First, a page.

Hospitalizations for rotavirus down by 86%.
PHILADELPHIA -- The rotavirus vaccine introduced in early 2006 worked as intended, cutting the U.S. rate of rotavirus-associated diarrhea requiring hospitalization in children younger than 2 years during July 2007-June 2008 by 86%, compared with rates during 2000-2006, according to an analysis of a large U.S. private insurance database.
"The first rotavirus season post vaccine introduction showed a substantial decline, to a level below the lowest rate of prior years," Dr. Jennifer E. Cortes said in an interview while presenting a poster at the annual meeting of the Infectious Diseases Society of America.
"The reduction was lower than in the clinical trials ... but it was still effective in the real world," said Dr. Cortes, an epidemic intelligence service officer in the division of viral diseases of the Centers for Disease Control and Prevention.
The data also showed a significant impact of rotavirus vaccination on the incidence of all diarrhea that led to hospitalization in children younger than 2 years during July 2007-June 2008, cutting this rate by 39%, compared with the average during 2000-2006.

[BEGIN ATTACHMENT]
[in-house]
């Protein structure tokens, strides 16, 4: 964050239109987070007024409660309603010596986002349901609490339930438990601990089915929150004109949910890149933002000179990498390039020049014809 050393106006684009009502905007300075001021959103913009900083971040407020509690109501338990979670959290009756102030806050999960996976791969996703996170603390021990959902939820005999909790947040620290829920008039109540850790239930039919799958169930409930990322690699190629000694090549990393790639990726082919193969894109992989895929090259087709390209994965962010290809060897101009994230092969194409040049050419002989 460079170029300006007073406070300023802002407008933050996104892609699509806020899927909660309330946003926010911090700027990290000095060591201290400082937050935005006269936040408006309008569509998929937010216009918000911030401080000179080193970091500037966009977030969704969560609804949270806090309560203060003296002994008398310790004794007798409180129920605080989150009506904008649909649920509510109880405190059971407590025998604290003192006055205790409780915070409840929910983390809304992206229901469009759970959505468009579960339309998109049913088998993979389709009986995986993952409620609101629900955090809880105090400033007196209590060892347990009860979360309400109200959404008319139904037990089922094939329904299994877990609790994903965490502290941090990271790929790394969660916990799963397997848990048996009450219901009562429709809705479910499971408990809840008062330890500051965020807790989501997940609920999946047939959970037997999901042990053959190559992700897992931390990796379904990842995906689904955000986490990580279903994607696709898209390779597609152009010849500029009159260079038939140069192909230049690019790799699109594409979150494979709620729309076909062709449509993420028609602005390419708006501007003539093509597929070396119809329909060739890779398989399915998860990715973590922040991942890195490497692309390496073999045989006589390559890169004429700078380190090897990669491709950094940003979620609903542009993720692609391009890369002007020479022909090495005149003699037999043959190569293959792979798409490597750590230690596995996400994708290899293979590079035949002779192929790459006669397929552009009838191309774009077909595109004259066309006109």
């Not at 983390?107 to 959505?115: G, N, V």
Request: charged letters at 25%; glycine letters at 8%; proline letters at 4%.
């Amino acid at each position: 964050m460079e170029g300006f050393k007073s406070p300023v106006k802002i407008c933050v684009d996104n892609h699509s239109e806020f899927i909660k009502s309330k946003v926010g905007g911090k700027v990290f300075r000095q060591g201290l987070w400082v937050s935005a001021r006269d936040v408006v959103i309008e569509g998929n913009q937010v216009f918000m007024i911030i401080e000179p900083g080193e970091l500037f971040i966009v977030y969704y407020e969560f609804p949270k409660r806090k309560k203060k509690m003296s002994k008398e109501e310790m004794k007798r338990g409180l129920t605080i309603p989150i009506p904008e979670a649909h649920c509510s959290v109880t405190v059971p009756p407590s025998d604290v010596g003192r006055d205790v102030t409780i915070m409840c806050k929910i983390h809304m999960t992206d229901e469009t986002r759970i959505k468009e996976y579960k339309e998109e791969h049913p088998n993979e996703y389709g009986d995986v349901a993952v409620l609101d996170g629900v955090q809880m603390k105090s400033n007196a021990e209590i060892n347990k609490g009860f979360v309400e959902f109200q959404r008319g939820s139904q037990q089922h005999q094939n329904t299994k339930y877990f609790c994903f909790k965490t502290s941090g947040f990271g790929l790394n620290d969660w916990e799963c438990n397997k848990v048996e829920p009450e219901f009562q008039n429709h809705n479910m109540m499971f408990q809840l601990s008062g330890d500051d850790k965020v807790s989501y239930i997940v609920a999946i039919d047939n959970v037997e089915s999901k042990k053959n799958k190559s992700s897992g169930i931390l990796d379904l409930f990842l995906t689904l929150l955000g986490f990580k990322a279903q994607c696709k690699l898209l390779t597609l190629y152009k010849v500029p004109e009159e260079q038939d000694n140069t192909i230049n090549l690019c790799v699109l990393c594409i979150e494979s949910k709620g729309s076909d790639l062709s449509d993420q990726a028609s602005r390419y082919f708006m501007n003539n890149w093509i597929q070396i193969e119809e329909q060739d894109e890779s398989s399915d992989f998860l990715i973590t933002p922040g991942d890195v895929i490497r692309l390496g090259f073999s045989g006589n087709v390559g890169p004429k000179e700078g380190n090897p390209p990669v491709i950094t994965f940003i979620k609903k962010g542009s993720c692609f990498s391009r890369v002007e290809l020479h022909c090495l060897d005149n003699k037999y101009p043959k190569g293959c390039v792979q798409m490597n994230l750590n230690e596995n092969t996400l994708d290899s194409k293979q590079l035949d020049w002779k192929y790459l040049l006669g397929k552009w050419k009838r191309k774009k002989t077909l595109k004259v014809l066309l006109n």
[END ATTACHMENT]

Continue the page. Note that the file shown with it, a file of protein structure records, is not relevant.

Experience using the RotaTeq formulation since its U.S. introduction confirms its safety, with no unexpected reports of vaccine-associated adverse effects and no link with excess cases of intussusception, said Dr. Cortes, who had no financial relationships to disclose.
She and her associates analyzed records for about 2 million children younger than 5 years for the period 2007-2008.
The data showed that following RotaTeq's U.S. introduction in 2006, its use in children younger than 1 year gradually rose, reaching 63% coverage of children 11 months or younger by the end of December 2007, Dr. Cortes said.
With vaccine coverage at 63% during the midpoint of the July 2007-June 2008 rotavirus season studied, the 86% vaccine effectiveness rate seen was "greater than expected," she reported. The data also showed that hospitalization for rotavirus-associated diarrhea was reduced in older children, 2-4 years old, who never received rotavirus vaccination. These findings suggest a herd effect, Dr. Cortes said.
|Printer friendly Cite/link Email Feedback|
|Title Annotation:||INFECTIOUS DISEASES|
|Author:||Zoler, Mitchel L.|
|Publication:||Family Practice News|
|Date:||Dec 1, 2009|
|Previous Article:||Vaccine combinations appear safe, effective.|
|Next Article:||Topical may boost adalimumab effect in psoriasis.|